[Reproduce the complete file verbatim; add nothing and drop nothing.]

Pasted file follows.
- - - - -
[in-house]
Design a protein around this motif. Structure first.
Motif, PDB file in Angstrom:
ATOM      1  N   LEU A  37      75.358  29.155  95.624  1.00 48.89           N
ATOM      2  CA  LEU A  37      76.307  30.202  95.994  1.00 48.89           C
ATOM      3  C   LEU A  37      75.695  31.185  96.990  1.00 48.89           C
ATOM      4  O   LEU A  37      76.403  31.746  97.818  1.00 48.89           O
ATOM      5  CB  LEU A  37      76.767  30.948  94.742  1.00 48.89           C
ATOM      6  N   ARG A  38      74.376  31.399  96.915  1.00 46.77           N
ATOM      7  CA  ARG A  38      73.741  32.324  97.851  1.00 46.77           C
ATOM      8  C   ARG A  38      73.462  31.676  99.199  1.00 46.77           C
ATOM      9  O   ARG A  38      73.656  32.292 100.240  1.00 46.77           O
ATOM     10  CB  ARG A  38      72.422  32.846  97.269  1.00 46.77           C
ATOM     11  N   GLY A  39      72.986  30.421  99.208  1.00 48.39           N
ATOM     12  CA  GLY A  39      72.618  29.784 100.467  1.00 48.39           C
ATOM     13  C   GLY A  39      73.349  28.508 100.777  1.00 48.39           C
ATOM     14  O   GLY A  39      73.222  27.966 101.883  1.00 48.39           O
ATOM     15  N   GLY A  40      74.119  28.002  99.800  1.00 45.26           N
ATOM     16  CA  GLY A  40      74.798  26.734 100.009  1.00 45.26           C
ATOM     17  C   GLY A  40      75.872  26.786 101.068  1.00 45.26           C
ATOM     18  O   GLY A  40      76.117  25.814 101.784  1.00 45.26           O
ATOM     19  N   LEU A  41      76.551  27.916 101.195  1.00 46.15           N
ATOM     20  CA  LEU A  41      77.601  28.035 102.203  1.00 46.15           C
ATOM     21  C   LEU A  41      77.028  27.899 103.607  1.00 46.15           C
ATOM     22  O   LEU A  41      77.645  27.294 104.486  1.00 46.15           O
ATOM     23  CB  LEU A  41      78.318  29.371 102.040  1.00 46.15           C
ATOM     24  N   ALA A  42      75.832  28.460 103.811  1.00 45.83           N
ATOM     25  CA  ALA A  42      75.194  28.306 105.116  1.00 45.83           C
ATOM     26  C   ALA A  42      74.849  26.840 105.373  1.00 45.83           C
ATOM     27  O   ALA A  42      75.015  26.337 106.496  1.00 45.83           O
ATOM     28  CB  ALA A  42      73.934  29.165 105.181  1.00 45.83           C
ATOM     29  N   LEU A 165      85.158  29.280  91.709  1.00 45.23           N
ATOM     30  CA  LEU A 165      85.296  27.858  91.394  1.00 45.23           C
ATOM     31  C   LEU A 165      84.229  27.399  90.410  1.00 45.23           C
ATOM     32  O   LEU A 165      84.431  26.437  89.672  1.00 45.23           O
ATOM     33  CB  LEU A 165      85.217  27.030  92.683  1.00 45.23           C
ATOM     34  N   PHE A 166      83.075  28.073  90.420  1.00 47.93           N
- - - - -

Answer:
[in-house]
Design a protein around this motif. Structure first.
Motif, PDB file in Angstrom:
ATOM      1  N   LEU A  37      75.358  29.155  95.624  1.00 48.89           N
ATOM      2  CA  LEU A  37      76.307  30.202  95.994  1.00 48.89           C
ATOM      3  C   LEU A  37      75.695  31.185  96.990  1.00 48.89           C
ATOM      4  O   LEU A  37      76.403  31.746  97.818  1.00 48.89           O
ATOM      5  CB  LEU A  37      76.767  30.948  94.742  1.00 48.89           C
ATOM      6  N   ARG A  38      74.376  31.399  96.915  1.00 46.77           N
ATOM      7  CA  ARG A  38      73.741  32.324  97.851  1.00 46.77           C
ATOM      8  C   ARG A  38      73.462  31.676  99.199  1.00 46.77           C
ATOM      9  O   ARG A  38      73.656  32.292 100.240  1.00 46.77           O
ATOM     10  CB  ARG A  38      72.422  32.846  97.269  1.00 46.77           C
ATOM     11  N   GLY A  39      72.986  30.421  99.208  1.00 48.39           N
ATOM     12  CA  GLY A  39      72.618  29.784 100.467  1.00 48.39           C
ATOM     13  C   GLY A  39      73.349  28.508 100.777  1.00 48.39           C
ATOM     14  O   GLY A  39      73.222  27.966 101.883  1.00 48.39           O
ATOM     15  N   GLY A  40      74.119  28.002  99.800  1.00 45.26           N
ATOM     16  CA  GLY A  40      74.798  26.734 100.009  1.00 45.26           C
ATOM     17  C   GLY A  40      75.872  26.786 101.068  1.00 45.26           C
ATOM     18  O   GLY A  40      76.117  25.814 101.784  1.00 45.26           O
ATOM     19  N   LEU A  41      76.551  27.916 101.195  1.00 46.15           N
ATOM     20  CA  LEU A  41      77.601  28.035 102.203  1.00 46.15           C
ATOM     21  C   LEU A  41      77.028  27.899 103.607  1.00 46.15           C
ATOM     22  O   LEU A  41      77.645  27.294 104.486  1.00 46.15           O
ATOM     23  CB  LEU A  41      78.318  29.371 102.040  1.00 46.15           C
ATOM     24  N   ALA A  42      75.832  28.460 103.811  1.00 45.83           N
ATOM     25  CA  ALA A  42      75.194  28.306 105.116  1.00 45.83           C
ATOM     26  C   ALA A  42      74.849  26.840 105.373  1.00 45.83           C
ATOM     27  O   ALA A  42      75.015  26.337 106.496  1.00 45.83           O
ATOM     28  CB  ALA A  42      73.934  29.165 105.181  1.00 45.83           C
ATOM     29  N   LEU A 165      85.158  29.280  91.709  1.00 45.23           N
ATOM     30  CA  LEU A 165      85.296  27.858  91.394  1.00 45.23           C
ATOM     31  C   LEU A 165      84.229  27.399  90.410  1.00 45.23           C
ATOM     32  O   LEU A 165      84.431  26.437  89.672  1.00 45.23           O
ATOM     33  CB  LEU A 165      85.217  27.030  92.683  1.00 45.23           C
ATOM     34  N   PHE A 166      83.075  28.073  90.420  1.00 47.93           N